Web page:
Pillowcore Duo Hovvdy Captures a Lifetime's Worth of Nostalgia
Lo-fi locals release sophomore LP Cranberry
Charlie Martin and Will Taylor work on the same wavelength.
Passing through Denver on separate tours, the two drummers first met at a baseball game where they realized they shared Dallas origins, sports-centric youths, and recent forays into songwriting.
"I had a batch of songs I was working on, and he had a similar batch," recalls Martin. "I was wanting to record a solo thing to learn the process, but then it turned into a band."
The beginning guitarists also found a common penchant for the emerging East Coast DIY scene, strumming out a rendition of Philly cult phenom (Sandy) Alex G's "Sorry" during their first hangout back home in Austin. For Martin and Taylor, the new gen of scaled-back rock bands revived the sounds of lo-fi Nineties heroes like Sparklehorse and Smashing Pumpkins.
"We felt like we were trying to be part of something happening in the Northeast," says Martin. "The bands we loved had a lot of life on the internet and on Bandcamp, and they were all based elsewhere."
United under the moniker Hovvdy ("howdy," made Google-able), the duo circulated their 2016 full-length, Taster, on previously local Sports Day Records, a small setup with consistent savvy for quietly unearthing gems. The debut cohered an inventive collection of tugging melodies and precarious riffs, the principals seamlessly trading off vocals between breezy tracks. The songs introduced Hovvdy's singular knack for muffled, downtempo melancholy – half-jokingly self-referenced as "pillowcore."
"Taster was really kind of raw," says Taylor. "There wasn't anybody listening but our friends."
"We realized it would work because we could not really know each other, but have songs that mesh well," agrees Martin. "[Writing] now, we can copy each other and it's okay, because it's one band. We can rip off each other and it's a good thing."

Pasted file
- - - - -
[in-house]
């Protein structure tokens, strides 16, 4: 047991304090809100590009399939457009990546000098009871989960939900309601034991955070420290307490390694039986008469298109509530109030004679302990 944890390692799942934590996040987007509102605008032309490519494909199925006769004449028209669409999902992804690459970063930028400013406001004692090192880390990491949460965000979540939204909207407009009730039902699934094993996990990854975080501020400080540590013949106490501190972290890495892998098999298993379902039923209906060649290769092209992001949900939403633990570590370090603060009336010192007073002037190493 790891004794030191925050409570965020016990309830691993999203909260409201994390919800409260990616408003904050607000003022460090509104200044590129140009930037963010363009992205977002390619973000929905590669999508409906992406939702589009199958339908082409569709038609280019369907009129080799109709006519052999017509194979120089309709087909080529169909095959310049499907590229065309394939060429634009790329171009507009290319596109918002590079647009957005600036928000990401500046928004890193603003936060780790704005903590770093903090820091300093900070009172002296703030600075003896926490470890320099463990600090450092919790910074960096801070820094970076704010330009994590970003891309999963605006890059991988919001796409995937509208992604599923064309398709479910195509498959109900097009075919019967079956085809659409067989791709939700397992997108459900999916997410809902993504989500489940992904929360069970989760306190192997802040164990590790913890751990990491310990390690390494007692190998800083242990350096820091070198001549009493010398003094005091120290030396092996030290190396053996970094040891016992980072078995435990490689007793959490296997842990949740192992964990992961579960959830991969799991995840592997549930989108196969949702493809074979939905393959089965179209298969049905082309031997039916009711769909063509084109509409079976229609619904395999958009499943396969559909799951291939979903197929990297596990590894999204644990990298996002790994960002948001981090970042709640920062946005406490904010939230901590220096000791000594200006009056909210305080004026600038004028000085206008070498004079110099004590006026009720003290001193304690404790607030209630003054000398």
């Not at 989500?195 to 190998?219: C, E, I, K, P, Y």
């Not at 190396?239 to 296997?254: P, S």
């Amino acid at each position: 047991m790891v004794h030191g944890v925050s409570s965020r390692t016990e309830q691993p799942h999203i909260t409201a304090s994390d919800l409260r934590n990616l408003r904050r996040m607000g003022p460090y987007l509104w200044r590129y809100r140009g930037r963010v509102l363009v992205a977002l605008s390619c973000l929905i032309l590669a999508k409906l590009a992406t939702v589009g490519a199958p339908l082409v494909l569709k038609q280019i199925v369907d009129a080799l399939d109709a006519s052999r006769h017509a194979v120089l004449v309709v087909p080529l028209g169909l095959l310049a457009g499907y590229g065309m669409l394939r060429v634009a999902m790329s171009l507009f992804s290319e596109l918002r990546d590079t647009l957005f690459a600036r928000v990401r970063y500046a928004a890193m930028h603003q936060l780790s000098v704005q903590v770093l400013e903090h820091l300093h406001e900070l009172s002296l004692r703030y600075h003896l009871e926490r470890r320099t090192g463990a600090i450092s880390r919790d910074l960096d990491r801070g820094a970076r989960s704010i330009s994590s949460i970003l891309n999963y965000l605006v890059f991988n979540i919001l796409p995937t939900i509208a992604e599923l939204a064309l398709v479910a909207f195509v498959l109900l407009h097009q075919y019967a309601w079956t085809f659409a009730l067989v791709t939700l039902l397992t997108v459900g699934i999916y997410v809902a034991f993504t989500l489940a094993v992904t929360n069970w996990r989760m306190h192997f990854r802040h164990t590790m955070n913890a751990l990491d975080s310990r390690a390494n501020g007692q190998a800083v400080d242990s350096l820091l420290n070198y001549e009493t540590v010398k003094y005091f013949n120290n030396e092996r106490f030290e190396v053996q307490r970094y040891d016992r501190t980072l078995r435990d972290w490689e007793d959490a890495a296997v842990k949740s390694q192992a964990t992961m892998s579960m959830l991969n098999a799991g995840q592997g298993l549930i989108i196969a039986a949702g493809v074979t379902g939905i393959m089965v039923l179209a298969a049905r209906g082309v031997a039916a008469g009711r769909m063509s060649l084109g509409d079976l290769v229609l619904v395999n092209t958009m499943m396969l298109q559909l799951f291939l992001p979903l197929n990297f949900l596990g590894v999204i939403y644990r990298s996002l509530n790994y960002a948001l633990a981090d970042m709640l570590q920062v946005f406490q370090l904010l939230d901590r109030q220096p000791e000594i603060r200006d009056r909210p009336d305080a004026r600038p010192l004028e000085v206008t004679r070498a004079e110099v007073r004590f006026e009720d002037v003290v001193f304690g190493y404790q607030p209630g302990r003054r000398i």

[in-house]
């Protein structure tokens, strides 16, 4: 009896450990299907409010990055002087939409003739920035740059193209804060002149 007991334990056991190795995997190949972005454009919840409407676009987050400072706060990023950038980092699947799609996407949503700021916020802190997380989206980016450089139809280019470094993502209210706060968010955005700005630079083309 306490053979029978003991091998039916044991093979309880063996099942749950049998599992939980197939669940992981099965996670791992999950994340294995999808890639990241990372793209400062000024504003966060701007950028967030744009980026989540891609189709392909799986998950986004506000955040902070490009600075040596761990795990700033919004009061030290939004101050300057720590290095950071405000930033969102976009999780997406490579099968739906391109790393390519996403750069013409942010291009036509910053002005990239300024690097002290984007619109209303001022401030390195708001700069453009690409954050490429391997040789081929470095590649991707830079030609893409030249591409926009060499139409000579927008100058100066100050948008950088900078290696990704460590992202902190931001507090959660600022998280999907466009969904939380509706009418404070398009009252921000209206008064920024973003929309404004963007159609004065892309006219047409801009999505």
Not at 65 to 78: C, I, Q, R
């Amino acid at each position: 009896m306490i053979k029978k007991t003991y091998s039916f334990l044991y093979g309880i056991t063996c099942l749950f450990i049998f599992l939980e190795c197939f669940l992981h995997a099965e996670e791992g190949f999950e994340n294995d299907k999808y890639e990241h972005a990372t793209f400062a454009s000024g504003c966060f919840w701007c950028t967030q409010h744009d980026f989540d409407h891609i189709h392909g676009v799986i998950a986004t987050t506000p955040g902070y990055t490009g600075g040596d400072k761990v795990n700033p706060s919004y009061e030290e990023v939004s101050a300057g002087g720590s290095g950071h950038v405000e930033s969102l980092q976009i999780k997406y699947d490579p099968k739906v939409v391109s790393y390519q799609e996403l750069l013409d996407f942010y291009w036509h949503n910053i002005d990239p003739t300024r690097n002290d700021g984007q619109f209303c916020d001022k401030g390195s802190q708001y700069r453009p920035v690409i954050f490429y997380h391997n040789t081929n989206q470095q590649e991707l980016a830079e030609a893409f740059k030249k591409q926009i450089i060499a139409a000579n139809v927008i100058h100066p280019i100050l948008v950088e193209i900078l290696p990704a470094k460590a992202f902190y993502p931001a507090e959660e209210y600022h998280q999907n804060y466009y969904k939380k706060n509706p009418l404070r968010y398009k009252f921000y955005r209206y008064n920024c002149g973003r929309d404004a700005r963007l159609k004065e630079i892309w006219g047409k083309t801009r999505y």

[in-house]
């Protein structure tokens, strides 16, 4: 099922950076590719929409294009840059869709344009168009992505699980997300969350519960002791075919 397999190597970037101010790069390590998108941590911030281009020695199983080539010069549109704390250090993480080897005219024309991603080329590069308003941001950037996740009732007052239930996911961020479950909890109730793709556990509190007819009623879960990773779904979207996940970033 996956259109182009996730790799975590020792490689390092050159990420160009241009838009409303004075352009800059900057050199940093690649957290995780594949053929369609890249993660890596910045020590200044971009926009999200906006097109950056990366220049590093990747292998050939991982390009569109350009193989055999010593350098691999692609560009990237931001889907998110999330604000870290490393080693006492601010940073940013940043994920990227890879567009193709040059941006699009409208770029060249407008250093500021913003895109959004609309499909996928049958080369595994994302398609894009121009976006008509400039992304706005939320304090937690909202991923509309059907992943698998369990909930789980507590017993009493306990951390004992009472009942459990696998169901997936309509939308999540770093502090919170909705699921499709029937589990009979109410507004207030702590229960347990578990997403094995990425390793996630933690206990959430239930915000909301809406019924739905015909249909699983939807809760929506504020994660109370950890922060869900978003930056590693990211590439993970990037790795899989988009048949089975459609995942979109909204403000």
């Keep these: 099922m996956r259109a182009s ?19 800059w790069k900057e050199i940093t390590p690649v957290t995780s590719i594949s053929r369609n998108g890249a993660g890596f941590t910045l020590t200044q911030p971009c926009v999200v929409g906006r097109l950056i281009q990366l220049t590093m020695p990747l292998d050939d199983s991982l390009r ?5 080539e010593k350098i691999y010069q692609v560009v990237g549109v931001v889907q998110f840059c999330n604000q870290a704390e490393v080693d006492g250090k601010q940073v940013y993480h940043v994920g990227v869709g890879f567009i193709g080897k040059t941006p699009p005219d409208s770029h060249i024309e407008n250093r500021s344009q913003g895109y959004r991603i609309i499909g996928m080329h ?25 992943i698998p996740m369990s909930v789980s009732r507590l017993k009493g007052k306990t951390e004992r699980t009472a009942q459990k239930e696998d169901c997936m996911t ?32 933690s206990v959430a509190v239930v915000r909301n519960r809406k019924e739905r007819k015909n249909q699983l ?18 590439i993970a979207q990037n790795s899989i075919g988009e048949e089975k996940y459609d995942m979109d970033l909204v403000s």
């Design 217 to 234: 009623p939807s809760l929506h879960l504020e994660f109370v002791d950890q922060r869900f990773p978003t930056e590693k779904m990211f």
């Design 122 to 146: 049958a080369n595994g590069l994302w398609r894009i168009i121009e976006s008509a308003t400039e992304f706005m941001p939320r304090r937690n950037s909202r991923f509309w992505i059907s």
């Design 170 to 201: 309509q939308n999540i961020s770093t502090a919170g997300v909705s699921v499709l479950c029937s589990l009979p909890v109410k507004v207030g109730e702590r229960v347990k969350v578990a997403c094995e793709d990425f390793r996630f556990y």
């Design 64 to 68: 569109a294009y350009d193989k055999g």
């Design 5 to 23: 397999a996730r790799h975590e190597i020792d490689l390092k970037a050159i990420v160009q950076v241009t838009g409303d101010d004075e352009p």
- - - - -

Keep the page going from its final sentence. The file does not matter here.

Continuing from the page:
A year after Taster's release, the collection enjoyed the full reissue treatment from tastemaking Brooklyn label Double Double Whammy. As the first Southern artist signed to the indie presser, Hovvdy had successfully carved out their own snug, distinctive space in the Northeastern scene. Latest capture Cranberry documents the pair's eccentric methods of self-recording, the sophomore LP gleaned from individually crafted demos and iPhone voice memos.
"I recorded pretty much the whole song 'Colorful' in my grandma's living room in Mississippi," reveals Martin of the subdued penultimate track. "That's why recording on a phone is nice, because you just do it anywhere you are."
The intimacy of Hovvdy's solitary recordings comes through in a dusty, bedroom comfort. In opposition to earlier work, when Martin says the duo drew on "a whole life's worth of more heavy emotions and experiences," Cranberry's songwriting shifts to a more optimistic angle. Added layers of instrumentals, working in keyboards, steel guitar, and a piano played in Martin's childhood abode, set a tone that's recognizably homey.
Taylor-penned fuzzy hum "In the Sun" celebrates staying in, while the title track's video samples Martin's home movies.
"The way we play and the way the choruses ring has this kind of nostalgia," offers Taylor. "I think it's more traceable in the music, rather than the songwriting."
Martin attributes the title Cranberry to "all the sensory elements, the color and then the taste and the sound of the word. Sort of like the bittersweetness."
Perfect summation of the twosome, supplemented live by labelmate Hannah Read of Lomelda and sometimes a drummer, who weave downtrodden rhythms through a soft, hopeful wash. Reflecting on who wrote what across the album's 12 blissful tracks, the autonomously drafted songs are all nicked and shined with inputs from one or the other and unified under a single attribution.
"It's a pretty even split," says Martin.
"It's enough to say all songs by Hovvdy," adds Taylor.
Hovvdy’s release party with Molly Burch and Ama assembles Friday, Feb. 9, at Barracuda.